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Showing posts from April, 2010

Handan Walks

You might know the Chinese idiom ying wu xue she ( parrot talks), might also know the story about Dong Shi xiao bin (Dong Shi imitates a frown). Now we have another story about Han Dan xue bu (Han Dan Walks), Han Dan Walks was first mentioned in Chuang Tzu, a story about a boy from Shouling (Wade-Giles romanization Shâu-ling, see below) who traveled to Handan to learn the Handan Walk. Before he manages to learn it, however, he had forgotten what he had learned to walk in his old city, and was marched back home on their hands and knees. In the Book of Chuang Tzu, Chapter XVII, the disciple of Chuang Tzu, Kung-dze Mâu mentioned a story about Handan Walk: ‘And have you not heard of the young learners of Shâu-ling 1, and how they did in Han-tan? Before they had acquired what they might have done in that capital, they had forgotten what they had learned to do in their old city, and were marched back to it on their hands and knees. ’ In the note to ‘Shâo-ling’, James Legge says ‘Of

The frog of the dilapidated well and the turtle of the Eastern Sea

One upon a time, there was a frog who lived in a dilapidated well. He said to his friend the turtle of the Eastern Sea, "How I enjoy myself? I leap upon the parapet of this well. I enter, and having by means of the projections formed by the fragments of the broken tiles of the lining proceeded to the water, I draw my legs together, keep my chin up, and strike out. When I have got to the mud, I dive till my feet are lost in it. Then turning round, I see that of the shrimps, crabs, and tadpoles there is not one that can do like me. Moreover, when one has entire command of all the water in the gully, and hesitates to go forward, it is the greatest pleasure to enjoy one's self here in this dilapidated well;--why do not you, Master, often come and enter, and see it for yourself? " The turtle of the Eastern Sea was then proceeding to go forward, but before he had put in his left foot, he found his right knee caught and held fast. On this he hesitated, drew back, and told the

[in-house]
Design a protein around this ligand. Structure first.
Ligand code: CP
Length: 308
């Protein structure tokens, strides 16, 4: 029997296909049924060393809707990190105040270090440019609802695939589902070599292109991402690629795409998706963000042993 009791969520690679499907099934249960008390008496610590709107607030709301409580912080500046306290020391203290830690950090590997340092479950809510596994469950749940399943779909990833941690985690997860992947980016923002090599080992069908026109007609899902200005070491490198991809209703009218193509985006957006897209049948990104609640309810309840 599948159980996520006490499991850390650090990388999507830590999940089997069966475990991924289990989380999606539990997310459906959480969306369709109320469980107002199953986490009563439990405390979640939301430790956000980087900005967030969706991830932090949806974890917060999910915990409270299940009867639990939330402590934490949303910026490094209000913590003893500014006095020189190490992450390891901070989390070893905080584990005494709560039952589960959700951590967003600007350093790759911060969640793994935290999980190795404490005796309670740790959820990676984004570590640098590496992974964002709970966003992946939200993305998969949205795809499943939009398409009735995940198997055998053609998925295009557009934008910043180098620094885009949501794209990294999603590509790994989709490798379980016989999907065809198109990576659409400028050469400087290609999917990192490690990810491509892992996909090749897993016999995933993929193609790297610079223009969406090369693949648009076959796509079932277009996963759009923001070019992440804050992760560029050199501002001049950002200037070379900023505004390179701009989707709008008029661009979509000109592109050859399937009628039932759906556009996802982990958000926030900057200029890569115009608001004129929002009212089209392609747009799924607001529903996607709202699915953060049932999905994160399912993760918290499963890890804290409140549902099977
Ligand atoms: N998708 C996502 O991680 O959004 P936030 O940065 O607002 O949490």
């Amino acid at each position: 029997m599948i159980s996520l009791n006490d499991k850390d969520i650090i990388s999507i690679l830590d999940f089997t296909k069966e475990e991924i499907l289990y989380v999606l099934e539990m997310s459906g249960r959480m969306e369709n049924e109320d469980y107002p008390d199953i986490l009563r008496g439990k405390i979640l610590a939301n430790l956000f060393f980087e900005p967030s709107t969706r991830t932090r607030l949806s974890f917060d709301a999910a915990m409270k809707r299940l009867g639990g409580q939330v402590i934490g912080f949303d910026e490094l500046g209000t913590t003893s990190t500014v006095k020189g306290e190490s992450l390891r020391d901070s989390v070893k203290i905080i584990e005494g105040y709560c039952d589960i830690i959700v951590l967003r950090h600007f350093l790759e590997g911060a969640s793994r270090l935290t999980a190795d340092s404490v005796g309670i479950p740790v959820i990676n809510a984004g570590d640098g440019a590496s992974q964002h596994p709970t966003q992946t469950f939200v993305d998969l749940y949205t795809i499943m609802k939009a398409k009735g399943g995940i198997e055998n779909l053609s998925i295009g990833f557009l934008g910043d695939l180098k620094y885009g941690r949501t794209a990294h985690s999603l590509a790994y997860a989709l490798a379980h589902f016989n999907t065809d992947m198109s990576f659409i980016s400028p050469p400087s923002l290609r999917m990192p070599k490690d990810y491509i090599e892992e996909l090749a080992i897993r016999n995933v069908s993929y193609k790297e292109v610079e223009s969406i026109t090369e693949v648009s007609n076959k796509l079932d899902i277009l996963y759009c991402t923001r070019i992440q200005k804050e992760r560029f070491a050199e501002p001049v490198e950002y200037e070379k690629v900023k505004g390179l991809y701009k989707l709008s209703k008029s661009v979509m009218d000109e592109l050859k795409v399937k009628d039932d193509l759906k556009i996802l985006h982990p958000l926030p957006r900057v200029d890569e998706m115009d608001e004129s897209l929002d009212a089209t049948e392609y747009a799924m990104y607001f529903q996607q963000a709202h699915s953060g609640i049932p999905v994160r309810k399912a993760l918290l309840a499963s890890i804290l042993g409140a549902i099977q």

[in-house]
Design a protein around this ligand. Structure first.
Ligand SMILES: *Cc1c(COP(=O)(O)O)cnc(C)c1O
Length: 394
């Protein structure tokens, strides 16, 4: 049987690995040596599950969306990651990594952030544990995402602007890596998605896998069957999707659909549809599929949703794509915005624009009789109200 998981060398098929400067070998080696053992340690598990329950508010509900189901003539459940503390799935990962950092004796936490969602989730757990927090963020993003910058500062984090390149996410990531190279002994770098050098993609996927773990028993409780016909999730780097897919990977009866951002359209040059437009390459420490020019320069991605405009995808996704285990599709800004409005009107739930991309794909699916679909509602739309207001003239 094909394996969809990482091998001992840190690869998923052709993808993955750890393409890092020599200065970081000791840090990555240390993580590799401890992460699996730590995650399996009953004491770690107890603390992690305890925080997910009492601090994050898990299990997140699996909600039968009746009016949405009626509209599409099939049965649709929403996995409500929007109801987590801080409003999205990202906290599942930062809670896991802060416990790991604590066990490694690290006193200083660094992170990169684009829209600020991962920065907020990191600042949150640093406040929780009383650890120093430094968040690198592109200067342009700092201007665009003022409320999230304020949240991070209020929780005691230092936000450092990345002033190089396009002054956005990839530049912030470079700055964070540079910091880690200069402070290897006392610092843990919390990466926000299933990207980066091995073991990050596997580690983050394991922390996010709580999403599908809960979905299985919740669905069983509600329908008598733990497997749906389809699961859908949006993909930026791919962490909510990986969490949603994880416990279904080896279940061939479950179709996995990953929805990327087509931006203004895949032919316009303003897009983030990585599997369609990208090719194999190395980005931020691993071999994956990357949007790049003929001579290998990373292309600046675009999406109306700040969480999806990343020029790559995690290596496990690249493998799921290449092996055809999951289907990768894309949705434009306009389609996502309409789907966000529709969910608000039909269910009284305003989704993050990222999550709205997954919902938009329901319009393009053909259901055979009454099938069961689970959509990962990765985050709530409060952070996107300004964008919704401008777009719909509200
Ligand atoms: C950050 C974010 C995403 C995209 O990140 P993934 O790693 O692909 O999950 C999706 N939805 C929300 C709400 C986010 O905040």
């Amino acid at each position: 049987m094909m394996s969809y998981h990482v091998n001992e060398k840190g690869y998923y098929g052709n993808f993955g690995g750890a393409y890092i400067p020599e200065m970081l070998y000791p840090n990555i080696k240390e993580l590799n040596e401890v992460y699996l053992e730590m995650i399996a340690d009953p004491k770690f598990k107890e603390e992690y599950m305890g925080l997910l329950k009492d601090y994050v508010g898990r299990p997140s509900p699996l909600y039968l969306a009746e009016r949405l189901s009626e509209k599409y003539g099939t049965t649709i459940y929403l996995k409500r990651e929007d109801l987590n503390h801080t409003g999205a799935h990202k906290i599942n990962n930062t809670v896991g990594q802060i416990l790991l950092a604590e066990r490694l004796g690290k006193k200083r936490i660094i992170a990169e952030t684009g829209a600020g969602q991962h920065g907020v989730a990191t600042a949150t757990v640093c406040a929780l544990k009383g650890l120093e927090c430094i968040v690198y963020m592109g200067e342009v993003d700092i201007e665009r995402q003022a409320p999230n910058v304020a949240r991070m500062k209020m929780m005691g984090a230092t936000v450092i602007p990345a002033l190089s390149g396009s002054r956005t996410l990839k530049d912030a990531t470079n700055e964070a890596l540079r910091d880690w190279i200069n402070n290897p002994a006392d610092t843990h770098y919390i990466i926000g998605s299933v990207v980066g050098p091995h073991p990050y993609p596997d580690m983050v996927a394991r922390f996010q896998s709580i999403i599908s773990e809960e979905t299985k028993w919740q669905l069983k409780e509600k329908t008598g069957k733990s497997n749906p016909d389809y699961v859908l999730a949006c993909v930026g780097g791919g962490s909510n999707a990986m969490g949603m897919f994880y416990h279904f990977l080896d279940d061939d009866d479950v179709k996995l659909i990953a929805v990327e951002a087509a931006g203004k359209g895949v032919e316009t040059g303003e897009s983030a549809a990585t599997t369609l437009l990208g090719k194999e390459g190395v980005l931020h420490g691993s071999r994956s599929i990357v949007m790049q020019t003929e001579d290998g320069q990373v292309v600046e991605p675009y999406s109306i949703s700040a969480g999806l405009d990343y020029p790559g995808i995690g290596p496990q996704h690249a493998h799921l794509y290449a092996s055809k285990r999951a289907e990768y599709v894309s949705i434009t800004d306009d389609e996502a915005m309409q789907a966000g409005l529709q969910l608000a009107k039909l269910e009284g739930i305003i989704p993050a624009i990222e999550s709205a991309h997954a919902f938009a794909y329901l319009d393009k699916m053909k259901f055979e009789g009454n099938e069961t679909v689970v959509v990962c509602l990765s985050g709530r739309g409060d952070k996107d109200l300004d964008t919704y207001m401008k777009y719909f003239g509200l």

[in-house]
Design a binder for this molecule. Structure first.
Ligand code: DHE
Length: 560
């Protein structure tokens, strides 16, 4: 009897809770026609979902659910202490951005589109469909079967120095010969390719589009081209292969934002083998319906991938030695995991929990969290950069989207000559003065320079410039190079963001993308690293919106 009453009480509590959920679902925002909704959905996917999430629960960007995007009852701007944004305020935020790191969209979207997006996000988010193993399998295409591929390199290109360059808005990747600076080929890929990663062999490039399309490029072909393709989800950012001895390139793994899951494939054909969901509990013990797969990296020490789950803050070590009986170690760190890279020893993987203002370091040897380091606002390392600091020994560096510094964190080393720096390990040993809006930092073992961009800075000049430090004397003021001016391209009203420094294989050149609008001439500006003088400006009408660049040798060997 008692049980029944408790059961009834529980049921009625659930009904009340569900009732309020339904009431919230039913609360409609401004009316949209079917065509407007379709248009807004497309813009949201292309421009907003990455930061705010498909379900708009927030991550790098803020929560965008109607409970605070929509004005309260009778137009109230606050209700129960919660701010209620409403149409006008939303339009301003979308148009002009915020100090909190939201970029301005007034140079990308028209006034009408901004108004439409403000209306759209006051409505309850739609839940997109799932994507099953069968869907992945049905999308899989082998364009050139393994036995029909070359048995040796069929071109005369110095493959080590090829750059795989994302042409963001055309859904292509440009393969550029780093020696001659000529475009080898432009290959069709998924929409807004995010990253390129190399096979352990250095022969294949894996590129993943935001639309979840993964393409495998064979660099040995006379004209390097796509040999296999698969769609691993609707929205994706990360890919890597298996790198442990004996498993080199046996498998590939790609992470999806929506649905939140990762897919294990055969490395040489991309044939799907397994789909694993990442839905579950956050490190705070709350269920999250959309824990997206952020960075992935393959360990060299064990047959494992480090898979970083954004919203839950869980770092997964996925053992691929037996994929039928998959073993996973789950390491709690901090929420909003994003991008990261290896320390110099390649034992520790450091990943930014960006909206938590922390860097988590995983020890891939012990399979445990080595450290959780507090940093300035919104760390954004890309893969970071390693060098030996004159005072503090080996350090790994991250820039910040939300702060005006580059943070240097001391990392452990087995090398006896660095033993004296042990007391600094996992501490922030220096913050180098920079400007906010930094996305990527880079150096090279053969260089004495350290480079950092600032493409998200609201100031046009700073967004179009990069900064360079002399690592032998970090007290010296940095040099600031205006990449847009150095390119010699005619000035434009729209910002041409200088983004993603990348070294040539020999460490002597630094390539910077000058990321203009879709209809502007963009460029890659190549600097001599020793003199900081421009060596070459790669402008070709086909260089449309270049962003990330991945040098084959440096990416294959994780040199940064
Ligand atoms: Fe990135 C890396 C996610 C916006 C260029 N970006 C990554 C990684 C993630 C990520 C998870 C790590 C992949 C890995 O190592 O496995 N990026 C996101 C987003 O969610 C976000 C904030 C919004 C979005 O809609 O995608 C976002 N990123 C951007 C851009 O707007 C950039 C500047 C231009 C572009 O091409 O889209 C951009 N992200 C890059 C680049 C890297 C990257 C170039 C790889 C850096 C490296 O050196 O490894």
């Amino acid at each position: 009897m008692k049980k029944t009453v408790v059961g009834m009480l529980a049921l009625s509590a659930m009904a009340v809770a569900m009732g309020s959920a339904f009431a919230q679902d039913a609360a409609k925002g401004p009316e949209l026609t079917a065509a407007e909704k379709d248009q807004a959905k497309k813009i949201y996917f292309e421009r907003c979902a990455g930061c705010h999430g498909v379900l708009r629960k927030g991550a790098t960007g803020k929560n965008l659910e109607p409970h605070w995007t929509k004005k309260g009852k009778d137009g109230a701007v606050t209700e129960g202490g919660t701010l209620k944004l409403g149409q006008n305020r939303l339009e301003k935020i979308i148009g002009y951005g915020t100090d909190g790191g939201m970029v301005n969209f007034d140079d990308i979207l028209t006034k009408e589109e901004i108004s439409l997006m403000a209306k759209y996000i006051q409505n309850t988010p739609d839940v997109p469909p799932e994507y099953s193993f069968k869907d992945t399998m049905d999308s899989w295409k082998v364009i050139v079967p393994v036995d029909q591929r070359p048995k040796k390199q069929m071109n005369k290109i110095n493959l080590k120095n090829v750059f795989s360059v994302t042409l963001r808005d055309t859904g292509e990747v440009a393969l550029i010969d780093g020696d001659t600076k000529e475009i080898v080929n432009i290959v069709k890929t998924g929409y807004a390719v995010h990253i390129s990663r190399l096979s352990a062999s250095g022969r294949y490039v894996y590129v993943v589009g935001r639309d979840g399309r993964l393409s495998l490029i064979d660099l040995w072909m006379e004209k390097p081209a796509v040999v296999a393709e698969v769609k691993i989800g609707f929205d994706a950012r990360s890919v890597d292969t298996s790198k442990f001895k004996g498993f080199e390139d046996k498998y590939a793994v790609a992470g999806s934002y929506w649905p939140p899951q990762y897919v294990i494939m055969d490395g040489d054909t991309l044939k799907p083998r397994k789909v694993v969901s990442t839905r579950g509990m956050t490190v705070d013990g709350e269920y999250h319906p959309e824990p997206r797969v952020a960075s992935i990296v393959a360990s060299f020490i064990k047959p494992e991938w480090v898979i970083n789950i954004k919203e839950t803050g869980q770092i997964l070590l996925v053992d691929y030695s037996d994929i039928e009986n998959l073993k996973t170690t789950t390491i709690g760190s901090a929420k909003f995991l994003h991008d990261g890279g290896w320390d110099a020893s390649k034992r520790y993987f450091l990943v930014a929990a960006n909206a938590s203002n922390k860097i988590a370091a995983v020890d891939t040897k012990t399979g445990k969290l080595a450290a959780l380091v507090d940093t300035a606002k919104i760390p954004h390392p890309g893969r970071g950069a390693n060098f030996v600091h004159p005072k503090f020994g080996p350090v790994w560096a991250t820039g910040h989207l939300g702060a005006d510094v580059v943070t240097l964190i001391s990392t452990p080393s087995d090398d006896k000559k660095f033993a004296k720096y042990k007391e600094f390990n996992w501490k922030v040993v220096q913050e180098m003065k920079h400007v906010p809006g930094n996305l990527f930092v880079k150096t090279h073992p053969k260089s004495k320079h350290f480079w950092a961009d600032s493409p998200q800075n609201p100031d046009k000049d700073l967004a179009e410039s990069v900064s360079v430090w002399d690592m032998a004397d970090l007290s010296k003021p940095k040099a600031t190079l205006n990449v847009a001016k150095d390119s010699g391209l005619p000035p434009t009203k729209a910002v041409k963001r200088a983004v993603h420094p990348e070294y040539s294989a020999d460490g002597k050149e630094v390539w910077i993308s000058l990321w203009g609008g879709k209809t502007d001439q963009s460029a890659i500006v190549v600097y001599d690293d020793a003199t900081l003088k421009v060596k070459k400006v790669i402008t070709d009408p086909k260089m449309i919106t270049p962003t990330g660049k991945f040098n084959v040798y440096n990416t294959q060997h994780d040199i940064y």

The Spirit of the Yellow River laments his littleness before the vast ocean

The time of the autumnal floods was come, and the hundred streams were all discharging themselves into the Yellow River. Its current was greatly swollen, so that across its channel from bank to bank one could not distinguish an ox from a horse. On this the Spirit-earl of the Yellow River laughed with delight, thinking that all the beauty of the world was to be found in his charge. Along the course of the river he walked east till he came to the North Sea, over which he looked, with his face to the east, without being able to see where its waters began. Then he began to turn his face round, looked across the expanse, as if he were confronting the North Sea Spirit Zo, and said with a sigh, 'What the vulgar saying expresses about him who has learned a hundred points (of the Tâo), and thinks that there is no one equal to himself, was surely spoken of me. And moreover, I have heard parties making little of the knowledge of Confucius and the righteousness of Po-î, and at first I did